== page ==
“To me, it makes sense when creating outdoor environments to enhance what is existing while creating the new. As a landscape architectural practice, we work on many projects that are required to meet a certain level of sustainability, posing a challenging puzzle; how to achieve outdoor spaces our clients love while ensuring we tread lightly on our environment.
With this mindset, residential landscape architecture presents so many opportunities to choose materials and methods we feel happy using. Careful plant selection and placement can reduce water consumption, increase the water quality, avoid the need for weed control and sprays, and reduce pollution. There is now a trend towards minimising or removing the need for any irrigation at all, known as ‘xeriscaping’. Using native plants, recycling water, keeping hard landscaping to a minimum and using natural materials where we can, are priorities.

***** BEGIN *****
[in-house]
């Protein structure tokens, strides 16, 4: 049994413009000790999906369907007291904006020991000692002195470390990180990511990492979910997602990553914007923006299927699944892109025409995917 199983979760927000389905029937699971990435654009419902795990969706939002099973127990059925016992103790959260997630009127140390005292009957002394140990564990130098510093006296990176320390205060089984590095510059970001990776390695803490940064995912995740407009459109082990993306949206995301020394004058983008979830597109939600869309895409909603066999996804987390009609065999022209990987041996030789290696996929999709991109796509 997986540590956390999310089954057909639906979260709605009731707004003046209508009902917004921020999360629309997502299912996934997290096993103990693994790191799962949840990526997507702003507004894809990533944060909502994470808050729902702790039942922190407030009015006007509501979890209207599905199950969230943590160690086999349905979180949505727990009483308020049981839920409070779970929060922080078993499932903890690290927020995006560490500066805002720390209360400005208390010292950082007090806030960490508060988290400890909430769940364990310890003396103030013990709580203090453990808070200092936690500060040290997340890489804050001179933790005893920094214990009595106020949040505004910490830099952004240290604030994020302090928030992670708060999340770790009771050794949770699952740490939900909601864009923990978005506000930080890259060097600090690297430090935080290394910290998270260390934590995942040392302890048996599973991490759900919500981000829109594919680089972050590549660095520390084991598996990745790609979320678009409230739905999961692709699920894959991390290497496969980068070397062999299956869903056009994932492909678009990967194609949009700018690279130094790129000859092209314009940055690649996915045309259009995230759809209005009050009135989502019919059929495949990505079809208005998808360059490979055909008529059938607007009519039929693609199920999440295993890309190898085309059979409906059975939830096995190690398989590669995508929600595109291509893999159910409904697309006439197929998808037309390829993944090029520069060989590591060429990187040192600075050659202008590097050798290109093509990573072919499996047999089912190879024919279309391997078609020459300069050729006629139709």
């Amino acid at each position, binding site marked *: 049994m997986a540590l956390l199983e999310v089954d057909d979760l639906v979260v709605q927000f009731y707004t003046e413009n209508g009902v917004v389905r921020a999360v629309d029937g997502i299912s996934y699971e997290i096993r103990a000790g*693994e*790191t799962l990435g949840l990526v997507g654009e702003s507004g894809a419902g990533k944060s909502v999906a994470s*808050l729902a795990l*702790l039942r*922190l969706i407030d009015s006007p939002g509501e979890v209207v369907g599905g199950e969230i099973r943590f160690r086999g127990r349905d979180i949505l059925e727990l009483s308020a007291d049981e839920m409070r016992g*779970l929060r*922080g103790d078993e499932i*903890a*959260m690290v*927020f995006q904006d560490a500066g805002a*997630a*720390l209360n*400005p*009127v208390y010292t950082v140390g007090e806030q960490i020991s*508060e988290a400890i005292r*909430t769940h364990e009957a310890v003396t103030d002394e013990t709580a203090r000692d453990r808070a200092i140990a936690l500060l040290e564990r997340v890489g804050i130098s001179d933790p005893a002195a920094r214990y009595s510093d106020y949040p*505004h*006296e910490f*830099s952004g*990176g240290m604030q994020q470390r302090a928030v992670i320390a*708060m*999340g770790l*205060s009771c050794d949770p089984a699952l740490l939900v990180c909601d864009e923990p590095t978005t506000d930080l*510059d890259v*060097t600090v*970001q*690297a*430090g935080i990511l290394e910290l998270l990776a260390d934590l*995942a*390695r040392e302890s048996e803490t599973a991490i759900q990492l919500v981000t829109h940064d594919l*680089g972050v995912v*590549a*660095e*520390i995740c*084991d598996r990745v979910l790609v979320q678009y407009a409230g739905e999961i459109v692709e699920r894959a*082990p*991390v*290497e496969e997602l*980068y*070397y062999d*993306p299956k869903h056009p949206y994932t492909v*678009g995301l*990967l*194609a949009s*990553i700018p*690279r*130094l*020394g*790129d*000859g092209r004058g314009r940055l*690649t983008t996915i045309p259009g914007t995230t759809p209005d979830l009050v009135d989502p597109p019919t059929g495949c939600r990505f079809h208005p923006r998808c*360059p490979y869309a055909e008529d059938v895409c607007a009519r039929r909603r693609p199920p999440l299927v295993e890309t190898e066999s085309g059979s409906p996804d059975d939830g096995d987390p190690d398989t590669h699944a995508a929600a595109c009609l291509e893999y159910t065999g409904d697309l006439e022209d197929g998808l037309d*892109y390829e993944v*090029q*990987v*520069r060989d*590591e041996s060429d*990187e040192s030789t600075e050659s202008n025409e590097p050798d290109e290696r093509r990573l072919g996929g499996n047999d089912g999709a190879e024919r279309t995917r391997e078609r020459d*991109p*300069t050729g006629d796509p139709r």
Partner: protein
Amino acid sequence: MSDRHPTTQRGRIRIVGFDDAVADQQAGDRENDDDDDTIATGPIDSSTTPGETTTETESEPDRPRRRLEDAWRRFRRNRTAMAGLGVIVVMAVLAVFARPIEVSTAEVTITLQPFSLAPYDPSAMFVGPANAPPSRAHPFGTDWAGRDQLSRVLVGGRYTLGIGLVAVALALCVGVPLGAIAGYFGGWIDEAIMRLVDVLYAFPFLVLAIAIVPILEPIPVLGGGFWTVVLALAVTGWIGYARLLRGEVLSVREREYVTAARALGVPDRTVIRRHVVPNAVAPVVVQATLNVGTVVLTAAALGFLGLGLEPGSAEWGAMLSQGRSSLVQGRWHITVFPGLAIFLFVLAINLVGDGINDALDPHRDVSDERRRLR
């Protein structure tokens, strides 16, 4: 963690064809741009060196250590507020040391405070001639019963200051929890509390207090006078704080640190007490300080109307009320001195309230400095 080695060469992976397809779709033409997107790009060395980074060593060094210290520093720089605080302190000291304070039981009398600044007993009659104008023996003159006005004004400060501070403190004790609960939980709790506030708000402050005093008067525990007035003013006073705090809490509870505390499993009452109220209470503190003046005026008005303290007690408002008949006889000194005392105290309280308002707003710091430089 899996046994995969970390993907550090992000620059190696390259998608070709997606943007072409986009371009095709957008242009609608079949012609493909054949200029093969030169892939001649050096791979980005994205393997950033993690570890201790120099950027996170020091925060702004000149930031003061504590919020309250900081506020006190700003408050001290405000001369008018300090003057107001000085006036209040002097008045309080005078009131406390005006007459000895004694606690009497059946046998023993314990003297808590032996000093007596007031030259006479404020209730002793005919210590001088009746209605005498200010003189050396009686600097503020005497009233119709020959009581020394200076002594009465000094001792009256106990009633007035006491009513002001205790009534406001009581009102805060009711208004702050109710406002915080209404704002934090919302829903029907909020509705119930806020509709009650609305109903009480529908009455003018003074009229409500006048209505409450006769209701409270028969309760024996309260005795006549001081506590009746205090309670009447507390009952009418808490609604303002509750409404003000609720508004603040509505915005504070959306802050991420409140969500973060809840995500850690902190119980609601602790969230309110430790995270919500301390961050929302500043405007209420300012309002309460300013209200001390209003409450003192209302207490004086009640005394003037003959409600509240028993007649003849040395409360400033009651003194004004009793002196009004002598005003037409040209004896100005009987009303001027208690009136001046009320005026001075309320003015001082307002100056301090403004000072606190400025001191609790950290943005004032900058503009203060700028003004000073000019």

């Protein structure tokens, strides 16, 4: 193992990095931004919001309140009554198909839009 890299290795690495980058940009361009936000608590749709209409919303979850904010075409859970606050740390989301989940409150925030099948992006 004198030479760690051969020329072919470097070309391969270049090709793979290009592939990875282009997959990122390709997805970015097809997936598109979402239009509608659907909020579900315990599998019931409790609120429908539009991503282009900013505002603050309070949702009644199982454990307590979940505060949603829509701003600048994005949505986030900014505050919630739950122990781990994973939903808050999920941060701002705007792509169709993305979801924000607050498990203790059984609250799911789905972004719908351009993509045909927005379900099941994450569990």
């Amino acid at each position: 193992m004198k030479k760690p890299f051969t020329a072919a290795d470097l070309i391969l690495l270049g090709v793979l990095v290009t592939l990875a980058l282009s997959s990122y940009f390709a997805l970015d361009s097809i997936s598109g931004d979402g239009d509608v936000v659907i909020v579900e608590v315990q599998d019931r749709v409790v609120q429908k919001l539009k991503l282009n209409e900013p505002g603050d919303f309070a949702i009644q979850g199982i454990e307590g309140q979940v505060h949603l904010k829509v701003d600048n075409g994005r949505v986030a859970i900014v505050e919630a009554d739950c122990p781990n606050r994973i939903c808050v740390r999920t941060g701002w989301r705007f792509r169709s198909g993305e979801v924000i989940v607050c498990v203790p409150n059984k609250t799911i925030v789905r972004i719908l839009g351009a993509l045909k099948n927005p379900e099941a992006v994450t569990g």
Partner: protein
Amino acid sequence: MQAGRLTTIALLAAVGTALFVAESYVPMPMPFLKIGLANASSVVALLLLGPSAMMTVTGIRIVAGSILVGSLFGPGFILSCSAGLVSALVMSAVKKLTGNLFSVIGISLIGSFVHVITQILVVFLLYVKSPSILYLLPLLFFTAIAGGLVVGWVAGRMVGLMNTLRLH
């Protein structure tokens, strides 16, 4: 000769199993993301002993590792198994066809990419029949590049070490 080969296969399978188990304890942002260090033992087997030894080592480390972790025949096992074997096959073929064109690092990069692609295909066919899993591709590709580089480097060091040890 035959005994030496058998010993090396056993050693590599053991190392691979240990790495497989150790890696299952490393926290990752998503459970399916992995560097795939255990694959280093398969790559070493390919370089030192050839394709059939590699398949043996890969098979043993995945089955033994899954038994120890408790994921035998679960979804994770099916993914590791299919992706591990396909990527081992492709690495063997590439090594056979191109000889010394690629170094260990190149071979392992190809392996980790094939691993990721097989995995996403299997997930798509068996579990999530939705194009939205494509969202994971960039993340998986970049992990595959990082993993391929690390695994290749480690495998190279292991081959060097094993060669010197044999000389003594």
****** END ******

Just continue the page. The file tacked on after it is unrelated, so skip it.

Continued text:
Sustainable design is being put into practice on all scales, from the inner-city pocket-handkerchief garden to ecological housing developments that use environmentally responsible building materials and methods.
Our natural environments when left to their own devices, need no help from us to thrive, each of the elements works in harmony with its neighbours. Taking inspiration from that into the design of our urban areas, residential gardens, parks and schools, and being conscious of the downstream effects of the materials and methods we use, is a great starting point when creating beautiful outdoor living spaces.”